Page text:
The Story Behind Poor Little Thing
TNQ has asked how I chose the form and structure for this story. I never think of such things. The starting point was a news report in the mid-1990s of a man perishing in an almost impossible accident in Toronto. I simply followed my nose from there.
I wrote the first section about 1996. It has barely changed since. I love it. The working title was “Bad Dog.” Unfortunately, nothing seemed to work after that grand opening.
In one version our anguished heroine wasted her nights driving an endless circuit of her neighbourhood. This culminated in her staring at the moon over a skating rink until she felt better and abandoned her compulsive driving. In another attempt the woman’s dog pointed her the way to a new life and love. My gorgeous opening had descended into genre predictability. I guess this is one of the downsides of starting without a plan.
Years (even decades) passed while I wrote and published other stories but I always came back to this one. A recurring challenge was that my heroine didn’t seem to have a reason for living as she did. One lucky day I smashed out a few decent paragraphs which solved that (key woke lesson: blame the father). By now the title was “A Little Less Reliable.” This seemed like a big step forward. Sadly, I then had my heroine flee to her garage for another of her dark drives.
I experimented with a variety of points of view. At one point, Janes, a minor player in the final version, became the centrepiece for the whole story. In another version the scene shifted to Nova Scotia where the heroine’s puritanical father and her demented brother assumed starring roles. Ugh.
Several years ago I gave up. I yanked out an entire section and used it as the basis for a new piece, which was almost immediately published by The Antigonish Review, under the title “A Little Less Reliable.” The original story seemed dead.
But I couldn’t let it go. I finally conjured up a new character, Mrs. Cade. Somehow the pivotal point of the story flew onto the page with Cade saying: “Poor little thing.” This innocent comment not only set up the resolution of the story but lent it its final title.
Soon after the story was accepted by TNQ. It would be my third appearance in this auspicious journal. But there was more torment ahead.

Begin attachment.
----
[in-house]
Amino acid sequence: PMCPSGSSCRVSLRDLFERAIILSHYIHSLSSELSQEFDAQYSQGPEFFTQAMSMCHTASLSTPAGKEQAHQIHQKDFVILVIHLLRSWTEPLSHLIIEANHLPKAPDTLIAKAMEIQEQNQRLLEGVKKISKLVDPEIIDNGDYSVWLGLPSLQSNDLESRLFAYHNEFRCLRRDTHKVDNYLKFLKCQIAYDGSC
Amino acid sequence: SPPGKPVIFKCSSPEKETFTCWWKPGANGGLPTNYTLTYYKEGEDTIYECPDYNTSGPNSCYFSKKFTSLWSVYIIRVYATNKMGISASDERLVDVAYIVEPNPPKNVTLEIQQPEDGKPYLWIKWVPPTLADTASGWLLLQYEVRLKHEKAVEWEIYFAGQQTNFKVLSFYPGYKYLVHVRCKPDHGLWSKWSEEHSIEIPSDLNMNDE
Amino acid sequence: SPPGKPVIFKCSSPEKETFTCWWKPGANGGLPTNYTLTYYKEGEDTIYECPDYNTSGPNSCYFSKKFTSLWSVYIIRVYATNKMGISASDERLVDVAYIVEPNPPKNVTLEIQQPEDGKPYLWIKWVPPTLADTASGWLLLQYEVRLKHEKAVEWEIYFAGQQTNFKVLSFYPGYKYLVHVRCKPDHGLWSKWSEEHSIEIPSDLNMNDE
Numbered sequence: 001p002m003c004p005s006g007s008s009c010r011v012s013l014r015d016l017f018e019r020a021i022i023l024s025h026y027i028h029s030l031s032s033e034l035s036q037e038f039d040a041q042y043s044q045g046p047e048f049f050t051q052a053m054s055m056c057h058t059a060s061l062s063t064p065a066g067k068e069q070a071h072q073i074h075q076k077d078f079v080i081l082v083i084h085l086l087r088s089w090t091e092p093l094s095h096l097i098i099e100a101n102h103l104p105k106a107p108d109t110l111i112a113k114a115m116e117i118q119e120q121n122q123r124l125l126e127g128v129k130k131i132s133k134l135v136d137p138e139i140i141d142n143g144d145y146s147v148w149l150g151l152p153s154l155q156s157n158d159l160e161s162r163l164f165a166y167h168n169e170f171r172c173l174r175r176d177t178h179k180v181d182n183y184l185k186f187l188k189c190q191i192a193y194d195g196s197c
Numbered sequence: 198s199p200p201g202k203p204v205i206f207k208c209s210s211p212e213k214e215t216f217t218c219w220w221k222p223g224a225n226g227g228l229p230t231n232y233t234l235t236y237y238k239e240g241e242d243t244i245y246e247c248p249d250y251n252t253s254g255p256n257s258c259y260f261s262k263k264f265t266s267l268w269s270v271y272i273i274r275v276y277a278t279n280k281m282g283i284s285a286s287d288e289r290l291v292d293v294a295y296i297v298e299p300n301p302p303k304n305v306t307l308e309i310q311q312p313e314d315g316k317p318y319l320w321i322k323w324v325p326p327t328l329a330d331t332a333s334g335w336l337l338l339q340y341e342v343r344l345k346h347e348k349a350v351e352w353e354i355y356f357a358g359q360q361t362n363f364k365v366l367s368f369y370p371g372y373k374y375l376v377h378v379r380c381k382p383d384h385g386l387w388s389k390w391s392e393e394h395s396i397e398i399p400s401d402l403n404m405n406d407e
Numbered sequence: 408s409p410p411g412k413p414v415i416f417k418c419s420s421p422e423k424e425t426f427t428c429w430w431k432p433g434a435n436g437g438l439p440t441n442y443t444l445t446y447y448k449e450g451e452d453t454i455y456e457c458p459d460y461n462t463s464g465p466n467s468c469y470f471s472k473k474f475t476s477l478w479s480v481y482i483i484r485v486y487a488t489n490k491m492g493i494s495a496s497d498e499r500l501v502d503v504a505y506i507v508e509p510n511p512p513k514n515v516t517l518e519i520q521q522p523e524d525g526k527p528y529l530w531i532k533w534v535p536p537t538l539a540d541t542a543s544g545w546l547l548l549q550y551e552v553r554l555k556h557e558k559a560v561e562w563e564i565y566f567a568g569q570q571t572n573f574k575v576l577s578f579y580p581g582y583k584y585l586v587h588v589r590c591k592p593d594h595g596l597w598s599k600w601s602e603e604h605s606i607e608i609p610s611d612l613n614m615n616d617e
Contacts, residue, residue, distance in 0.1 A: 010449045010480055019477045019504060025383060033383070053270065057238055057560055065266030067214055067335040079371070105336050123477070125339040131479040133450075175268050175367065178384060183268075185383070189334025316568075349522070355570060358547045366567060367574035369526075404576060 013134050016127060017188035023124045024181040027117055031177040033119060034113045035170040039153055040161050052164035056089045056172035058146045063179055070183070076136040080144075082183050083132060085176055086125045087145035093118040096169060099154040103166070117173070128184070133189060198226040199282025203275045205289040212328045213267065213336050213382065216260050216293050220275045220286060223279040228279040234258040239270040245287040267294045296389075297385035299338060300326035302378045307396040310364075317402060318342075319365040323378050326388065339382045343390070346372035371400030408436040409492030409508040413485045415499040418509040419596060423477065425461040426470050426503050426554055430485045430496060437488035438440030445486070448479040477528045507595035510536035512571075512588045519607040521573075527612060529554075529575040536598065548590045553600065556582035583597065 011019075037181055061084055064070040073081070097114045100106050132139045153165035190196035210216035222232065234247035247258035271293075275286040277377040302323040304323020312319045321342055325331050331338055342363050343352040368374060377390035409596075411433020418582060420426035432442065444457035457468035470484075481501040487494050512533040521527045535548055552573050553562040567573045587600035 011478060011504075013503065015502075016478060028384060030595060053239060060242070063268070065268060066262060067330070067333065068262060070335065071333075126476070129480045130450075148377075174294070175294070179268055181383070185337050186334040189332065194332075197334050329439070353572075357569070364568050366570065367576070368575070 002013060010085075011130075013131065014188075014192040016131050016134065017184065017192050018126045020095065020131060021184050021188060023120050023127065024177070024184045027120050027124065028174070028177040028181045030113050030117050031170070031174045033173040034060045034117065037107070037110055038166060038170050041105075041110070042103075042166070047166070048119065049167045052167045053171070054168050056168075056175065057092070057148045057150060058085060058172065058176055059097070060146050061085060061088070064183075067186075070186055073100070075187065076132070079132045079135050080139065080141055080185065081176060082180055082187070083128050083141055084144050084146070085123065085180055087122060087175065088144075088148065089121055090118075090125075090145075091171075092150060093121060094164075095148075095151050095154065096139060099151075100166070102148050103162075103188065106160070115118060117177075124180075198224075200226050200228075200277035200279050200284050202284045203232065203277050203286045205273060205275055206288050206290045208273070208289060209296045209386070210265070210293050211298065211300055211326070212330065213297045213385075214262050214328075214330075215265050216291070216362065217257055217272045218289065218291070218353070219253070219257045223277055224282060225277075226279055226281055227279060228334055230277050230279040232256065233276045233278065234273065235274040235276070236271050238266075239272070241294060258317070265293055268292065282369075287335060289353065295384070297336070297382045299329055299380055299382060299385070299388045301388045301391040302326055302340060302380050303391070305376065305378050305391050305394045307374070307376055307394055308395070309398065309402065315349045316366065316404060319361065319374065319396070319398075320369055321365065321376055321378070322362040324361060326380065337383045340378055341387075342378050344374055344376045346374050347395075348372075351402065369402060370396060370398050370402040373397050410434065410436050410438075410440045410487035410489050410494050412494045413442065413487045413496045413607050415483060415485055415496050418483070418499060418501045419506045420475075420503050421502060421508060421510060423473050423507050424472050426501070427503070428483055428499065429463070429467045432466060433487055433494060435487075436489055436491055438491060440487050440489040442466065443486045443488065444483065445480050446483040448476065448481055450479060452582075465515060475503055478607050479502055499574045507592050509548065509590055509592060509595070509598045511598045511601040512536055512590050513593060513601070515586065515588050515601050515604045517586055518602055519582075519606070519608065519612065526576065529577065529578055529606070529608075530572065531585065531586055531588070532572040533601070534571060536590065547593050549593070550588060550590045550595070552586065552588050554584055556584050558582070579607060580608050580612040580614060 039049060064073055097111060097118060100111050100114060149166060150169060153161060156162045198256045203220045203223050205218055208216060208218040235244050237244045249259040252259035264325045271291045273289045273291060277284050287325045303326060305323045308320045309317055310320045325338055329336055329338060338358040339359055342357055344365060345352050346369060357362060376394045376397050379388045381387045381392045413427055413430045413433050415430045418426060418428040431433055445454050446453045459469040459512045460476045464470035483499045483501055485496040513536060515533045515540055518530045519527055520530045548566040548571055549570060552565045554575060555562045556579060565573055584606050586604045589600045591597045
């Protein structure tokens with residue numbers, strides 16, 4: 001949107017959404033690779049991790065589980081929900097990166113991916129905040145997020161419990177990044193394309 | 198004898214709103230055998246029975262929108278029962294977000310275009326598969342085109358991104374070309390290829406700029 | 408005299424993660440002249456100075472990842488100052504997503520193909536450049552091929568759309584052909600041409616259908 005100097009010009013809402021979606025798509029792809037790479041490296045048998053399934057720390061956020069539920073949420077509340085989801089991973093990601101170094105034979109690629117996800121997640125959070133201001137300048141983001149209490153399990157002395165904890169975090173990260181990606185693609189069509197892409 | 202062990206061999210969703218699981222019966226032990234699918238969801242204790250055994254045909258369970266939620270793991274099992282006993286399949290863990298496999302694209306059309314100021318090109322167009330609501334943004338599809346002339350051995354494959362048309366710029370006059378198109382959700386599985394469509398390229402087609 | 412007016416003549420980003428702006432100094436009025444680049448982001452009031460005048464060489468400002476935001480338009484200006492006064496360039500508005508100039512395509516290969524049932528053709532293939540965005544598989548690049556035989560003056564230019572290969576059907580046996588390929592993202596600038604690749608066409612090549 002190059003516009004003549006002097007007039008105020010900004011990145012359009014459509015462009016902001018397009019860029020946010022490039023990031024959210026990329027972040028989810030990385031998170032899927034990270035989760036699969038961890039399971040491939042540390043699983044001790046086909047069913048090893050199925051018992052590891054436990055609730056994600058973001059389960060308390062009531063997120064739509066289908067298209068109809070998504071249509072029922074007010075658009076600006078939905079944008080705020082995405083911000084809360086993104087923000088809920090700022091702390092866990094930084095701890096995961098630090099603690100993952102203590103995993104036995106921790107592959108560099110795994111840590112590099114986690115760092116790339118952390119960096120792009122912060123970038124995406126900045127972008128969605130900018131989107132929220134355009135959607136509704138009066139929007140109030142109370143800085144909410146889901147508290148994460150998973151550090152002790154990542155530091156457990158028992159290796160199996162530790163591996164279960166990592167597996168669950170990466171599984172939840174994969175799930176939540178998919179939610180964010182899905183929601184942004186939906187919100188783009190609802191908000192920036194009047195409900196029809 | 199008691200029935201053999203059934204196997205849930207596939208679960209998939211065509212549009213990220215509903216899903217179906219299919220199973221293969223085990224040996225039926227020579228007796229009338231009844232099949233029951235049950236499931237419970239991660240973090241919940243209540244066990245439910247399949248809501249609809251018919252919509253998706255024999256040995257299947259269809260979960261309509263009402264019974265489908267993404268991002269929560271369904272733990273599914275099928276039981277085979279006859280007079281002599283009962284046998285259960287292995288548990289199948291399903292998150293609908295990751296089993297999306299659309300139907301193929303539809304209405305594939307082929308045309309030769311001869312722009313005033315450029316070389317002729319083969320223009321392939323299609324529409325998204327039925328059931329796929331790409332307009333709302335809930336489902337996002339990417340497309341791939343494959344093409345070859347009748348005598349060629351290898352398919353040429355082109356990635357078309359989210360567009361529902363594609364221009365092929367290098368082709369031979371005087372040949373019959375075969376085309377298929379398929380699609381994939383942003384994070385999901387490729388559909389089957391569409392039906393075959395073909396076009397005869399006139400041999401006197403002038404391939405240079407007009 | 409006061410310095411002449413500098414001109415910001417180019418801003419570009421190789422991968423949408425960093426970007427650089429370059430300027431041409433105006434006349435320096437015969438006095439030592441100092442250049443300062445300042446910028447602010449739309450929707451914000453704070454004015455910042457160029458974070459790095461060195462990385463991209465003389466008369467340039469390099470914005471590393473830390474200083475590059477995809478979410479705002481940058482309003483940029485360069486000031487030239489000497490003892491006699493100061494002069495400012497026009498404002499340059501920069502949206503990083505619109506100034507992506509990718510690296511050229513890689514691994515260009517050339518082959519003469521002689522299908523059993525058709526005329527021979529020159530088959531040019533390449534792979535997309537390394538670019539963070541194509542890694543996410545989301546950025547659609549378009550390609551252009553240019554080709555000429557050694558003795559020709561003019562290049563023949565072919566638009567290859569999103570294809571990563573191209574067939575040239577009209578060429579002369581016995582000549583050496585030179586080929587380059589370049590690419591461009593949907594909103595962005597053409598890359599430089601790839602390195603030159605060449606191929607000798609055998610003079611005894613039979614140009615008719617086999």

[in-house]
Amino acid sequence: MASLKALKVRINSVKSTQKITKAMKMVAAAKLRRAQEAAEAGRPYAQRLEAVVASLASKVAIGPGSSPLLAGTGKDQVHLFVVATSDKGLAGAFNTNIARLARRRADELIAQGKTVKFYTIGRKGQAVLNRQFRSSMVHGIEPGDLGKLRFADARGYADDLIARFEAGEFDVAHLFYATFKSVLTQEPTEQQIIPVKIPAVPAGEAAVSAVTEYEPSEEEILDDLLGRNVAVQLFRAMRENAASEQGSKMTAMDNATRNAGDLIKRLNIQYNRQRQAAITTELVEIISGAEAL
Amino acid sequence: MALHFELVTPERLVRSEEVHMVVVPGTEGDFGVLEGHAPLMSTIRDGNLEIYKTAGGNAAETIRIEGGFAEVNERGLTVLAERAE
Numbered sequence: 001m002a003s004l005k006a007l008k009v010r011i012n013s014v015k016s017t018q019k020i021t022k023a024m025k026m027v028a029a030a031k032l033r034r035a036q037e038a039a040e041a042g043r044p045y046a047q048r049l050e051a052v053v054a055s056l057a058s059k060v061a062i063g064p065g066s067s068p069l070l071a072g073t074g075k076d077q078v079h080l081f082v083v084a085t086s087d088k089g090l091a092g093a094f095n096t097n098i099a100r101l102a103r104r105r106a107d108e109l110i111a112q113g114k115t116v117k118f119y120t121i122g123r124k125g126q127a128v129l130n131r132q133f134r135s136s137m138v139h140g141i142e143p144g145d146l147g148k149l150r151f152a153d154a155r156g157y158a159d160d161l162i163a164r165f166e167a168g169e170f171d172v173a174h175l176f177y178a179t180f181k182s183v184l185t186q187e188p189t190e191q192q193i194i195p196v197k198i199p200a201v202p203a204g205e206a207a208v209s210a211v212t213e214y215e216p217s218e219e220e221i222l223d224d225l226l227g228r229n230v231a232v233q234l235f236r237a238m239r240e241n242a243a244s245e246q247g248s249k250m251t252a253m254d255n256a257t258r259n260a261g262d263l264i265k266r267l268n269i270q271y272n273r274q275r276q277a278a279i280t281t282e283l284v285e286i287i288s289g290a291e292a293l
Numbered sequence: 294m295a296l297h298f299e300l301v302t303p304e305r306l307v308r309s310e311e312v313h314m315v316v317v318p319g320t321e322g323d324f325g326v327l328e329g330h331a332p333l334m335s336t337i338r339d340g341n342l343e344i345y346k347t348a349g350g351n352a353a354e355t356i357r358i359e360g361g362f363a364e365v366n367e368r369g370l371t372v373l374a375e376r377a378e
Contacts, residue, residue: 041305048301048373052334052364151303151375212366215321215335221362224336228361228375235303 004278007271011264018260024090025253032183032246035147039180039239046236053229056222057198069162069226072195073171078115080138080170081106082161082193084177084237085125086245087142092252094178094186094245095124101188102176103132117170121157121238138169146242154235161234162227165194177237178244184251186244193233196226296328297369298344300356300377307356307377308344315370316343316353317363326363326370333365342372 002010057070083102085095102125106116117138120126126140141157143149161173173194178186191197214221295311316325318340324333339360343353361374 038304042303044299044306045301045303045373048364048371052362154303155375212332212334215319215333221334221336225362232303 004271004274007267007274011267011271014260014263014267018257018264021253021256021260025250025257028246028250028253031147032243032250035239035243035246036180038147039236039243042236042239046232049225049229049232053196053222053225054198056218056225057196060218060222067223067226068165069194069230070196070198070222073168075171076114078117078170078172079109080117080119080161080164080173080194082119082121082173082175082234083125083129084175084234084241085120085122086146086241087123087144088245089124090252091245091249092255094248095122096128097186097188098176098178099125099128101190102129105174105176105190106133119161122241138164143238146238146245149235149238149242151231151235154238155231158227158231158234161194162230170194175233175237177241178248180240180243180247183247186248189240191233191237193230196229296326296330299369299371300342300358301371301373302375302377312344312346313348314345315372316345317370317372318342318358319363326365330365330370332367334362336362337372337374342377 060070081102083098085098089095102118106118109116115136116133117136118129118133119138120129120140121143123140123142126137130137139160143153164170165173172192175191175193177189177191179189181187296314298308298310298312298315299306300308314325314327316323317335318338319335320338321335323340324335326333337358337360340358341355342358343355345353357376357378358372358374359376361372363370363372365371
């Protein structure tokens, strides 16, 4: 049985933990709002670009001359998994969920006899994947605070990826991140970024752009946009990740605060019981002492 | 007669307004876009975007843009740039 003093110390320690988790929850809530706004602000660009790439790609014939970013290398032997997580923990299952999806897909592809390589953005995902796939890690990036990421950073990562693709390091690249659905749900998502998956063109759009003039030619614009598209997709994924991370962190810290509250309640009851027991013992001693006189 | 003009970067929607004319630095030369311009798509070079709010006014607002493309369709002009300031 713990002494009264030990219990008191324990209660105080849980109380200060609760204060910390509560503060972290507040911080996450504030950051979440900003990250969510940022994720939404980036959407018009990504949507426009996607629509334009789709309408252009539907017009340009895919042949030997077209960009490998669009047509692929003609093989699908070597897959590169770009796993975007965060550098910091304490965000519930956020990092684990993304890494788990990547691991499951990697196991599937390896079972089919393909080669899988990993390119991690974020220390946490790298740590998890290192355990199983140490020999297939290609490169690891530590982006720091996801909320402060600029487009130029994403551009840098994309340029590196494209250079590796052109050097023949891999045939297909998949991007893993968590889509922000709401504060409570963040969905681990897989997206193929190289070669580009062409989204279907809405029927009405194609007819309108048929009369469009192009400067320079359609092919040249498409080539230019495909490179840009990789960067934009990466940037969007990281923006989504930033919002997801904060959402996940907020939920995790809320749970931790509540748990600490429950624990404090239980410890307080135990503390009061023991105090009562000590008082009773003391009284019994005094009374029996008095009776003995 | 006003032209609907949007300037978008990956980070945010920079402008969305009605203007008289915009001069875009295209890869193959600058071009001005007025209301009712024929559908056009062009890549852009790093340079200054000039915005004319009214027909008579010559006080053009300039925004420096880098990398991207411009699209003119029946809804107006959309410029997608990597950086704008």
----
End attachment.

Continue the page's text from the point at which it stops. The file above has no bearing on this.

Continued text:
One night I awoke realizing that the section of the story that had already been published in The Antigonish Review was still in the TNQ version. I emailed Pamela Mulloy confessing my self-plagiarism. She suggested I try replacing the offending section with new material. I almost wished that she had canned it because I was sick of the whole business. But fortunately a new section poured out of my fingers and seemed quite good. I am grateful to The New Quarterly for finally putting me out of my misery.
Have I answered TNQ’s questions about Form? I only write short stories so no decisions to make there. I used to run marathons and the notion of a new marathon writing a novel is not attractive. My preferred format is third person limited. I do not like first person, which too often becomes prey to virtue-signalling and thence to propaganda. But that’s just me. I wouldn’t evangelize on it.
So there are pros and cons to writing without a plan. The con is that it can take 25 years to figure it out. The pros: the man focus becomes a woman focus, a straight white male writes a story about lesbians, the dogs play a role after all, and we discover that even the worst of events can yield some good. I scribble on.
Wayne Yetman’s short fiction has appeared in The Fiddlehead, The New Quarterly, Grain, The Antigonish Review, The Dalhousie Review, FreeFall and Event. He placed second in the 2017 Grain short fiction contest and won the 2018 FreeFall short fiction contest.